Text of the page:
Answer – I understand that similar positions advertised locally pay in the region of £45,000 – £50,000. I feel that my experience, skills, and qualifications, position me within that bracket.
This answer explains that you have done your homework on salaries in the local job market. Additionally, it offers confidence in your skills and ability to do the job. In reality, local remuneration figures are likely to span a broader range than £5,000. However, any offer an employer makes will probably be closer to your minimum salary expectation.
Therefore, if you’re looking for a minimum of £45,000, you’ll be more likely to get it if you ask for £45,000 – £50,000 than if you ask for £40,000 – £50,000. Asking for £40,000 – £50,000 will probably result in you receiving an offer between £40,000 and £45,000.
Example 4 – Accepting a pay cut
Question – Would you consider a job offer that didn’t match your current/previous salary?
Answer – Money is not my primary motivation in seeking a new position. I’m more interested in securing a role that’s a good fit for my skills and interests. Understanding what I do about your company, I am certain any offer you make will be competitive in the current market. If so, I would be very keen to hear what that is.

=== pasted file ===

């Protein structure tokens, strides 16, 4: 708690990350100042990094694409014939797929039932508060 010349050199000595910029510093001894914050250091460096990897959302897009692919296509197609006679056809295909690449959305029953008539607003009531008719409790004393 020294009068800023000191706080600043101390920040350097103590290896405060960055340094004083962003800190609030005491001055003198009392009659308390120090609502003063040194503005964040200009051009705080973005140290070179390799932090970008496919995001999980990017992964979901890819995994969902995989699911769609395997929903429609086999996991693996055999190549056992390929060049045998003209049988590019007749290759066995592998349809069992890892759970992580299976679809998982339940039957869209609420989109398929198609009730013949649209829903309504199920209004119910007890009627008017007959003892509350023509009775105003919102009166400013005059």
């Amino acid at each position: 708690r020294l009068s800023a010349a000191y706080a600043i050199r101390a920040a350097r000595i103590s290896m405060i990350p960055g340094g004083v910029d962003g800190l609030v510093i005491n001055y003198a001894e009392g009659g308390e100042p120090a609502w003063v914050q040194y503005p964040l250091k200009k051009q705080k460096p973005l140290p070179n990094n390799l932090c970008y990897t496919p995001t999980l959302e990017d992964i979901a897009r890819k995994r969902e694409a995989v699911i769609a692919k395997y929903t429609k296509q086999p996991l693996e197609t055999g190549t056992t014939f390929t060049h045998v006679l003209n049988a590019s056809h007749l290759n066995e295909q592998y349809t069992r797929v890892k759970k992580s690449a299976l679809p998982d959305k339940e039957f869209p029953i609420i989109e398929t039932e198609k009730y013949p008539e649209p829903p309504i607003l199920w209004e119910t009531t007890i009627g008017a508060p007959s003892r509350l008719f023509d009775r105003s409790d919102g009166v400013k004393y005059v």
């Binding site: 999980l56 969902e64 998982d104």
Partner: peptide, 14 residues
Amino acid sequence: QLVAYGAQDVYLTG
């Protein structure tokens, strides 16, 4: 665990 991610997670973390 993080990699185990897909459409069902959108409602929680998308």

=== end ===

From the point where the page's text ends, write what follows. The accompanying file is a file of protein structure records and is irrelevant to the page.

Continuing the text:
This answer reassures the hiring manager that you would be interested in hearing their offer even if it’s lower than you are currently receiving.
Example 5 – Demonstrate flexibility
Question – What compensation expectations do you have?
Answer – I am aware that a salary in the range of £65,000 and £70,000 is about the market average for my level of skills and experience. However, I am flexible and would be interested in hearing your offer, including any additional benefits.
It is becoming increasingly more common for companies to reward employees with a ‘total compensation package’, including salary plus benefits. Such packages are put in place to make a company’s overall offer more attractive to prospective employees. However, it can sometimes make salary appear lower. You should, therefore, consider your job compensation expectations as a whole, rather than focusing solely on salary.